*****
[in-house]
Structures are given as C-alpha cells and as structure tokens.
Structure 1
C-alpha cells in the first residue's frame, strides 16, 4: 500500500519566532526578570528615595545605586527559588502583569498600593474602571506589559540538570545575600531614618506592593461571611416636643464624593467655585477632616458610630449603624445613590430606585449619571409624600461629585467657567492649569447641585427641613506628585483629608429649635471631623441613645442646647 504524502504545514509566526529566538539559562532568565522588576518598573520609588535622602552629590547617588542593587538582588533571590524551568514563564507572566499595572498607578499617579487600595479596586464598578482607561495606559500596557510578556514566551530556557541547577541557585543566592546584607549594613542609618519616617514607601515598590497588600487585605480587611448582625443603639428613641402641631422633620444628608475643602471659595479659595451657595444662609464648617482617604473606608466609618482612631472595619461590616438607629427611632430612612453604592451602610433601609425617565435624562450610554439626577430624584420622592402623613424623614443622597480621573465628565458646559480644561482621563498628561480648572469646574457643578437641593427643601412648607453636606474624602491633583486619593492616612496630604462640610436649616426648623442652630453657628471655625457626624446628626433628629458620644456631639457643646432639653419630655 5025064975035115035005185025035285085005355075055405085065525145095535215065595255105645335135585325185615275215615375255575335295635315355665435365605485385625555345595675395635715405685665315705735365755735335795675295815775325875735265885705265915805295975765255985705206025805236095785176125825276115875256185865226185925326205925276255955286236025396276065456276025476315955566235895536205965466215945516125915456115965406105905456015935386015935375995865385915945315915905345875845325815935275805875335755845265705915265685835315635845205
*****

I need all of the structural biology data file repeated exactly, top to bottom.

[in-house]
Structures are given as C-alpha cells and as structure tokens.
Structure 1
C-alpha cells in the first residue's frame, strides 16, 4: 500500500519566532526578570528615595545605586527559588502583569498600593474602571506589559540538570545575600531614618506592593461571611416636643464624593467655585477632616458610630449603624445613590430606585449619571409624600461629585467657567492649569447641585427641613506628585483629608429649635471631623441613645442646647 504524502504545514509566526529566538539559562532568565522588576518598573520609588535622602552629590547617588542593587538582588533571590524551568514563564507572566499595572498607578499617579487600595479596586464598578482607561495606559500596557510578556514566551530556557541547577541557585543566592546584607549594613542609618519616617514607601515598590497588600487585605480587611448582625443603639428613641402641631422633620444628608475643602471659595479659595451657595444662609464648617482617604473606608466609618482612631472595619461590616438607629427611632430612612453604592451602610433601609425617565435624562450610554439626577430624584420622592402623613424623614443622597480621573465628565458646559480644561482621563498628561480648572469646574457643578437641593427643601412648607453636606474624602491633583486619593492616612496630604462640610436649616426648623442652630453657628471655625457626624446628626433628629458620644456631639457643646432639653419630655 5025064975035115035005185025035285085005355075055405085065525145095535215065595255105645335135585325185615275215615375255575335295635315355665435365605485385625555345595675395635715405685665315705735365755735335795675295815775325875735265885705265915805295975765255985705206025805236095785176125825276115875256185865226185925326205925276255955286236025396276065456276025476315955566235895536205965466215945516125915456115965406105905456015935386015935375995865385915945315915905345875845325815935275805875335755845265705915265685835315635845205